Nicknamed “Tomato Face”—and looking at his photograph, it’s not difficult to see why—Nick Cullop enjoyed (or labored through) a five-year sojourn that took him to as many cities.
A light-hitting outfielder who singled in his first trip to the plate, Cullop—not to be confused with the mildly successful pitcher of the same name from a generation earlier—traded in his New York Yankees pinstripes for a Washington Senators “W” after the 1926 season, then quickly bounced to the Cleveland Indians, before returning to the minors.
Resurfacing with the Brooklyn Robins in 1929, Cullop played the following two seasons for the Cincinnati Reds.
Never more than a bench player, Cullop finally got a chance as a semi-regular for the 1931 Reds.
Unfortunately, his bat didn’t. Tomato Face struck out a league-leading 86 times.
This, in itself, is not really noteworthy—until one realizes that he registered this dubious mark in only 359 plate appearances.
To gauge Cullop’s penchant for walking back to the dugout, consider that runner-up Woody English whiffed but 80 times in a league-leading 727 plate appearances.
And among his own teammates, Cullop whiffed more than the next two most strikeout-prone Redlegs, Harvey Hendrick and Estel Crabtree, who, combined, suffered through strike three just 73 times in 1,069 trips to the plate.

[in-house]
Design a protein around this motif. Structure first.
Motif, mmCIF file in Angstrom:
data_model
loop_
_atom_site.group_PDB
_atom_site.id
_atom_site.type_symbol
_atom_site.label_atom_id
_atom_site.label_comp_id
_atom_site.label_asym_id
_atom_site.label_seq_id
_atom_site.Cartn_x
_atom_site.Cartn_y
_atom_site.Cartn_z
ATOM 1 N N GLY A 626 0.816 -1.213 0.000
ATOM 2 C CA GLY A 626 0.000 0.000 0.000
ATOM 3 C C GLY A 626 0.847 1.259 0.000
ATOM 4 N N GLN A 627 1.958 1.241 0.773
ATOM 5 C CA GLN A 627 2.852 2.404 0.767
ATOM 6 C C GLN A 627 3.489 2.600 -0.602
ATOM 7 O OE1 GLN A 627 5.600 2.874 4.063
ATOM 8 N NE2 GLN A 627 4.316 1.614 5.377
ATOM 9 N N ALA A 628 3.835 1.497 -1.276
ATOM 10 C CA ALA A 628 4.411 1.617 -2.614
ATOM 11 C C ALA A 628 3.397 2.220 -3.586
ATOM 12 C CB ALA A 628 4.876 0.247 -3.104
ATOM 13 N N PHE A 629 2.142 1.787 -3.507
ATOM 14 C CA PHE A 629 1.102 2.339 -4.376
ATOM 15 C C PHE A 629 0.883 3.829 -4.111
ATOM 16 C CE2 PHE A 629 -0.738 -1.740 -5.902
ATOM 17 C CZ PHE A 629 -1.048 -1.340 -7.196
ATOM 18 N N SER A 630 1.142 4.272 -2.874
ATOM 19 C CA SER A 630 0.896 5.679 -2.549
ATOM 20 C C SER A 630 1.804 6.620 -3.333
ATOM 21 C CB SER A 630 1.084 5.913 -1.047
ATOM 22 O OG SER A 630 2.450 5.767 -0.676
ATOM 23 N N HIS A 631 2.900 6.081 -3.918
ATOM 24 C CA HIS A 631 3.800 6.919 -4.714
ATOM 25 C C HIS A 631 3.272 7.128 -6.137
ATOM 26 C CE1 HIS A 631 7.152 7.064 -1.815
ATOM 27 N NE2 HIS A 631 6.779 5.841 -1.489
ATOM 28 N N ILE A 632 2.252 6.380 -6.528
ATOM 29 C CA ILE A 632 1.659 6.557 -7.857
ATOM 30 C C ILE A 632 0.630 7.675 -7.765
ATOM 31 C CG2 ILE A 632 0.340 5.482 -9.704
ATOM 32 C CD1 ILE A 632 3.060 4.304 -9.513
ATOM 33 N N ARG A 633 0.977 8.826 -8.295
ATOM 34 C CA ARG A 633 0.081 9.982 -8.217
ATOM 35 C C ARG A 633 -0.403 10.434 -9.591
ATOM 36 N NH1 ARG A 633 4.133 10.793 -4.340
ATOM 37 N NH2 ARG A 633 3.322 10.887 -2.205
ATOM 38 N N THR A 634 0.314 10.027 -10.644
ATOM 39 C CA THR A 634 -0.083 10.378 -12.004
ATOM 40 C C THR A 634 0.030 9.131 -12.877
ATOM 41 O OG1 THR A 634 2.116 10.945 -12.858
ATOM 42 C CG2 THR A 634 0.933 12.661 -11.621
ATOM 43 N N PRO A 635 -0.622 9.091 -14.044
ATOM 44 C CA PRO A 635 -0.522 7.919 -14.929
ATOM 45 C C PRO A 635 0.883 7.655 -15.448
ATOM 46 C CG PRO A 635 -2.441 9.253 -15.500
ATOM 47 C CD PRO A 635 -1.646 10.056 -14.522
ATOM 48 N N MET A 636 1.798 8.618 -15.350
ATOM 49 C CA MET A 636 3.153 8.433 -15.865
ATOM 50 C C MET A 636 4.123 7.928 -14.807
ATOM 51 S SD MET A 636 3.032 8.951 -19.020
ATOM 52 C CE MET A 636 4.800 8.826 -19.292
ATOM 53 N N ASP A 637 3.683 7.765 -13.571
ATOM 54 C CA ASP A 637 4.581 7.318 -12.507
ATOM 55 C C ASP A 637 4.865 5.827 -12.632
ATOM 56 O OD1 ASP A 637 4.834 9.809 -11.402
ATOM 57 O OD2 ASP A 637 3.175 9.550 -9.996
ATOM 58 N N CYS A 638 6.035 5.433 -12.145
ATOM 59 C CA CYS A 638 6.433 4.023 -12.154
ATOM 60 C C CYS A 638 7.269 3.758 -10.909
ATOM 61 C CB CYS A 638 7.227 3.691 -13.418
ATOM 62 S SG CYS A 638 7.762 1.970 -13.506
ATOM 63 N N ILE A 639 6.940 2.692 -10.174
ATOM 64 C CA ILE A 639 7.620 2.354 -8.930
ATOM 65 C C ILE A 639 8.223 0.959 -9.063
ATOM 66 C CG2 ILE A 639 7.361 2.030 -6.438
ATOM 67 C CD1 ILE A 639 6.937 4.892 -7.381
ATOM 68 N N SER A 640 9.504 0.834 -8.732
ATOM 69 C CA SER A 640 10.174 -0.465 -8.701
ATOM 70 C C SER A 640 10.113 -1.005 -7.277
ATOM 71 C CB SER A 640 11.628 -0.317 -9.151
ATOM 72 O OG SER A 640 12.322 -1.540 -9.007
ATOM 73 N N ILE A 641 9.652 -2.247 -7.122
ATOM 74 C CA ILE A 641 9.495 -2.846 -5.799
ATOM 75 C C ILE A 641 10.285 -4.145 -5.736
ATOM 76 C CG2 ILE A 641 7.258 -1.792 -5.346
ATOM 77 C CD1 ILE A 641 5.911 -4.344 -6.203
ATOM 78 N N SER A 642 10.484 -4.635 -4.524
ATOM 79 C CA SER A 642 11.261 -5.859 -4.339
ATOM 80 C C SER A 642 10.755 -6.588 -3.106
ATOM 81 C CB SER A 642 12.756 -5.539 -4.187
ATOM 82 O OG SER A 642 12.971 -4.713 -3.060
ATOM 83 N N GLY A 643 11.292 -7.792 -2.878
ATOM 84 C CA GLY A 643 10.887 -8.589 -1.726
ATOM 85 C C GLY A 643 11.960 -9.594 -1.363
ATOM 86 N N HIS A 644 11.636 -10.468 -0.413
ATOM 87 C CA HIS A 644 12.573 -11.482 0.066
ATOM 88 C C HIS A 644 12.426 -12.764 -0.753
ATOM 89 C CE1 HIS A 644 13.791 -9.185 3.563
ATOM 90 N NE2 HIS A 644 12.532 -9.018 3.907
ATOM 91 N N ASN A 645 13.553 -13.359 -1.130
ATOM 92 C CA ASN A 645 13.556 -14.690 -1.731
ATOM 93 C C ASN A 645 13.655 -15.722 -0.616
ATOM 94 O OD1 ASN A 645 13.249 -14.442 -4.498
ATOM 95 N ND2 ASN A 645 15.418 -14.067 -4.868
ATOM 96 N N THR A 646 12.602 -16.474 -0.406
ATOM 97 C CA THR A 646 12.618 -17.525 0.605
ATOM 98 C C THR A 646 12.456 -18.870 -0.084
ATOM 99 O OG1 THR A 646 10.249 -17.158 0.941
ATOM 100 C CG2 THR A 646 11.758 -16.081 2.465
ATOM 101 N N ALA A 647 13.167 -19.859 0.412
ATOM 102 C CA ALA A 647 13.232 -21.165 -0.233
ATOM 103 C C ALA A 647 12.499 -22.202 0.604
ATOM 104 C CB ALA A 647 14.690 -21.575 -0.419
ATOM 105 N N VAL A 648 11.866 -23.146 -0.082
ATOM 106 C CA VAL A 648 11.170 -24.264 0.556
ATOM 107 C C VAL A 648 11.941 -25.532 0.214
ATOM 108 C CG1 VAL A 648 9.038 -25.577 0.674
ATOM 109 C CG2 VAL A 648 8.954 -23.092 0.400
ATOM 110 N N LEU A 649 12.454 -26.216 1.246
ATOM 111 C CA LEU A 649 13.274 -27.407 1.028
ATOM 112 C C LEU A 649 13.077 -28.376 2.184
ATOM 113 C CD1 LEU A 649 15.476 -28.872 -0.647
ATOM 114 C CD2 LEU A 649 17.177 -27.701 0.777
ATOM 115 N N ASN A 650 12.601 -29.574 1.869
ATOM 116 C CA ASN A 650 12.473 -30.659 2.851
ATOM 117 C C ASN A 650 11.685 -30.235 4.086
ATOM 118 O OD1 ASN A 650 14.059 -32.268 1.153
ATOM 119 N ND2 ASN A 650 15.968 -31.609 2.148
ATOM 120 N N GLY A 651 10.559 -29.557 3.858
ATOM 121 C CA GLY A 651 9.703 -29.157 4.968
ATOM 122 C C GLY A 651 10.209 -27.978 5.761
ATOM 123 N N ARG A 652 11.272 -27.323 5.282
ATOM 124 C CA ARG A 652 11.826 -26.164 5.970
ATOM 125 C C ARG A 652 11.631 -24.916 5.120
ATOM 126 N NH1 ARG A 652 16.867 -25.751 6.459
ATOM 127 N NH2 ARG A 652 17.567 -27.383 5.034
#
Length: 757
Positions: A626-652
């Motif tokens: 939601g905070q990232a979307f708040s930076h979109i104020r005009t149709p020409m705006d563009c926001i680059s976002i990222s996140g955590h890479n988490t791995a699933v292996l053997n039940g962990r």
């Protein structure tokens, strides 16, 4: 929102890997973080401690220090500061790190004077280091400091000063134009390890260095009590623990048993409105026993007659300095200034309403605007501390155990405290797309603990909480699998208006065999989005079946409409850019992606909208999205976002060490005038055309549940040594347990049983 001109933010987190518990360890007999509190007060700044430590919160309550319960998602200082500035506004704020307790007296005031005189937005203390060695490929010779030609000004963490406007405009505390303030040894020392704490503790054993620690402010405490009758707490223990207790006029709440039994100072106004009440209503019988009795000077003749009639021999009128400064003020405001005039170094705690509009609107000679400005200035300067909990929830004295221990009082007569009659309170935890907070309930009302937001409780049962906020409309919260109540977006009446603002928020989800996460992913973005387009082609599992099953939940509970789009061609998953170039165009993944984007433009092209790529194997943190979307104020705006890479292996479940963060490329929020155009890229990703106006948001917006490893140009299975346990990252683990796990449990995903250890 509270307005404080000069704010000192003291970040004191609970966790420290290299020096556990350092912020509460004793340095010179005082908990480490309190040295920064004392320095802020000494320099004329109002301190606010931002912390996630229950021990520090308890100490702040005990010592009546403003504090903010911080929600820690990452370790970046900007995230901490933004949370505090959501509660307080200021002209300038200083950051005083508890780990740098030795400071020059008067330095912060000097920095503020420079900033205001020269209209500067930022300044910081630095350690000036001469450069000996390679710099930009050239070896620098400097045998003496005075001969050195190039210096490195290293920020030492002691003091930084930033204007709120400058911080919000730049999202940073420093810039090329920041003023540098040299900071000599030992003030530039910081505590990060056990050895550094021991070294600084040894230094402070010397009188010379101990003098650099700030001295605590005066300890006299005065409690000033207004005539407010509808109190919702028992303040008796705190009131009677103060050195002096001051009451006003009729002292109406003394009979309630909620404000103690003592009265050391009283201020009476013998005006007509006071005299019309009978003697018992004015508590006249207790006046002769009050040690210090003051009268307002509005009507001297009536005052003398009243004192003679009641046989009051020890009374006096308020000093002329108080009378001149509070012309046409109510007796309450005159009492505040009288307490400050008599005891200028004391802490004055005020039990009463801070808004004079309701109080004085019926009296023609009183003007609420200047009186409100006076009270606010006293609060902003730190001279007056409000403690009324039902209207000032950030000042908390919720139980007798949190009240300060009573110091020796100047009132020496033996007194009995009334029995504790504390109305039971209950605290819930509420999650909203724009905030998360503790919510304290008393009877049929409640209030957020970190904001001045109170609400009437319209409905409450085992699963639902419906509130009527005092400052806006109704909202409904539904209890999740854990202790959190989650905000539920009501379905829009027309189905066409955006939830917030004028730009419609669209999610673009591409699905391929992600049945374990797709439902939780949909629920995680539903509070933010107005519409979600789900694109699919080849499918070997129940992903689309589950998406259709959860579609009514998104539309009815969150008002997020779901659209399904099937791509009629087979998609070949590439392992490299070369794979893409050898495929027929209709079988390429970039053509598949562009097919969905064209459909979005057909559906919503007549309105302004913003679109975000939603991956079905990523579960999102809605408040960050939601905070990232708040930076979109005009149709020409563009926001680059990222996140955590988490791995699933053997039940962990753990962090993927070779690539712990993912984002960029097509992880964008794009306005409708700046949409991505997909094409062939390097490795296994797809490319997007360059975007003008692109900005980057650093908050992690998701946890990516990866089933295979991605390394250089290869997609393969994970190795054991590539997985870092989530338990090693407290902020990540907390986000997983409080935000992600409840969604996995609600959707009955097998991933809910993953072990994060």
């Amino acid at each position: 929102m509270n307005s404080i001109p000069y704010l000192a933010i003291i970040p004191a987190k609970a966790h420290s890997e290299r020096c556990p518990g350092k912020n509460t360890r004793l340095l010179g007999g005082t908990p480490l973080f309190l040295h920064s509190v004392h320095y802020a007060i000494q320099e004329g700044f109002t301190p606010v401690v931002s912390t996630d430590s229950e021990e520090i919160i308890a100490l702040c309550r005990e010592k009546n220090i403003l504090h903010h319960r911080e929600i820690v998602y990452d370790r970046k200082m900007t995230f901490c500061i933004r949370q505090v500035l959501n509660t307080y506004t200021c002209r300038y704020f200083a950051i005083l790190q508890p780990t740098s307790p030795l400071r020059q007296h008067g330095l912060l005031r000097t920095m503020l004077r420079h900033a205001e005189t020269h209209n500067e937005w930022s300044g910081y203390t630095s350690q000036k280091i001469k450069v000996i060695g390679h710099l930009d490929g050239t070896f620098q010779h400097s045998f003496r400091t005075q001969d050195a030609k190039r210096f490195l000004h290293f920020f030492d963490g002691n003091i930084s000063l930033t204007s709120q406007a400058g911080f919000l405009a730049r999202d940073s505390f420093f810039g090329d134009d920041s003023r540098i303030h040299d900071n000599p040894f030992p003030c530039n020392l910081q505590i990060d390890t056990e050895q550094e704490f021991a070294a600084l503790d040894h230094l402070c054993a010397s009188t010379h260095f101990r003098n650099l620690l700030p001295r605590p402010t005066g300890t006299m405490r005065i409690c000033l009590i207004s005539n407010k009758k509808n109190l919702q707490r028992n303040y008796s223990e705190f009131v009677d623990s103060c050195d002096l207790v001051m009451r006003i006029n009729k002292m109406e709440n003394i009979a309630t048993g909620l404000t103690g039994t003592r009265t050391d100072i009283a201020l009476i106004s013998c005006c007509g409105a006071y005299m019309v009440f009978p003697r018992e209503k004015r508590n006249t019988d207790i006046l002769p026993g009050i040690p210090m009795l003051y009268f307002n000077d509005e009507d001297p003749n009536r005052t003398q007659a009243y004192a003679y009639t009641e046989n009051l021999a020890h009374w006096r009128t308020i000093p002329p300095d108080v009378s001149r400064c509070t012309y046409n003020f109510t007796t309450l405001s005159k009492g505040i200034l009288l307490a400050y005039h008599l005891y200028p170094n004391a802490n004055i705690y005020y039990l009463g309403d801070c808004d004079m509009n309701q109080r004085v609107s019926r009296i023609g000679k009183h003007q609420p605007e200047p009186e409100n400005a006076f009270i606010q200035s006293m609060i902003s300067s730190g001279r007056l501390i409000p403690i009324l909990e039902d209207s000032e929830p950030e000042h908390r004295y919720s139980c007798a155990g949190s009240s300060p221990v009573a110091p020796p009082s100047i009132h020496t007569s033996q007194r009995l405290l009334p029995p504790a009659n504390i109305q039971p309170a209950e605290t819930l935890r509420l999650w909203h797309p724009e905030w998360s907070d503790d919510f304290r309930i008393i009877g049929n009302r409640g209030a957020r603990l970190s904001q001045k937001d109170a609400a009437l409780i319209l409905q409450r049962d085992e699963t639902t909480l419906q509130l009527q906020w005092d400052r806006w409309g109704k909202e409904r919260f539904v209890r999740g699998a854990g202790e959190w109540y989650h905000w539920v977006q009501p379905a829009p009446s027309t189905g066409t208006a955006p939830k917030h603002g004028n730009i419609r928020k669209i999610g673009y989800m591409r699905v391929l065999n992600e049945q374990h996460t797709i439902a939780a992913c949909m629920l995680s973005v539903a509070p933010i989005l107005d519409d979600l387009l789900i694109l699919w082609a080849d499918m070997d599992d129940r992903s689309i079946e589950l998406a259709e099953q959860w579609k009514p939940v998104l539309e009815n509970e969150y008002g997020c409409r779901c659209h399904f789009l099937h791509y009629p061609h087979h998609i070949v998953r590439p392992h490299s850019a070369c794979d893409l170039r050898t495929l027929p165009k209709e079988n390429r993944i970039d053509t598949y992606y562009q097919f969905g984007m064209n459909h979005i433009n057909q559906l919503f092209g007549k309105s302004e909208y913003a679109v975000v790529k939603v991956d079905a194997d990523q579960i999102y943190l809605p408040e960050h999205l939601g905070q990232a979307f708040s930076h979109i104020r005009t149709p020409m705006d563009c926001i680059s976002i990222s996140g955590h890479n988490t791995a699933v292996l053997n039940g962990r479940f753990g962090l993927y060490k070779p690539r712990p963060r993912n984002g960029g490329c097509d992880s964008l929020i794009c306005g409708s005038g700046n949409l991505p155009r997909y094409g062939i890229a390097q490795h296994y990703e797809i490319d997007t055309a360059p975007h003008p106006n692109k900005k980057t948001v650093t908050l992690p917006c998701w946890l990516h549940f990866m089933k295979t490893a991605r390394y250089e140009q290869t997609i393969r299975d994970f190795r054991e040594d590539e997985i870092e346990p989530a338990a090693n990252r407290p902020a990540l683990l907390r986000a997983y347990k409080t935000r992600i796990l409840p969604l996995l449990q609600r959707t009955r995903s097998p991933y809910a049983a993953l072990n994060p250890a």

In fact, since 1900, Cullop needed the fewest plate appearances to lead his league in strikeouts—and this includes the truncated 1918 and 1981 seasons.
Only four other players since the start of the 20th century came close to reaching Cullop’s mark of futility: Bill Cunningham (96 Ks in 368 PA in 1911), Babe Ruth (58 Ks in 382 PA in 1918), Vince DiMaggio (83 Ks in 379 PA in 1944), and Pat Seerey (99 Ks in 365 PA in 1944, against only 19 walks).
Striking out so often can cost a player his job—and it sure did Cullop.
Returned to the minors after the 1931 season, Cullop continued a long and successful career in the farm system. He continued playing through 1944, and after looking back on 23 seasons in the minors, Cullop could boast a .312 average and 2,670 hits, as well as a 49-49 pitching record, accumulated in his early days on the diamond.
He further managed minor-league teams throughout the 1940s and 1950s, garnering a respectable 1109 wins on a .497 winning percentage.
Getting into just 173 Major League games during his career, Nick Cullop spent barely more than a season in the Bigs, yet his professional baseball career lasted nearly four decades.
Not bad for a guy named Tomato Face.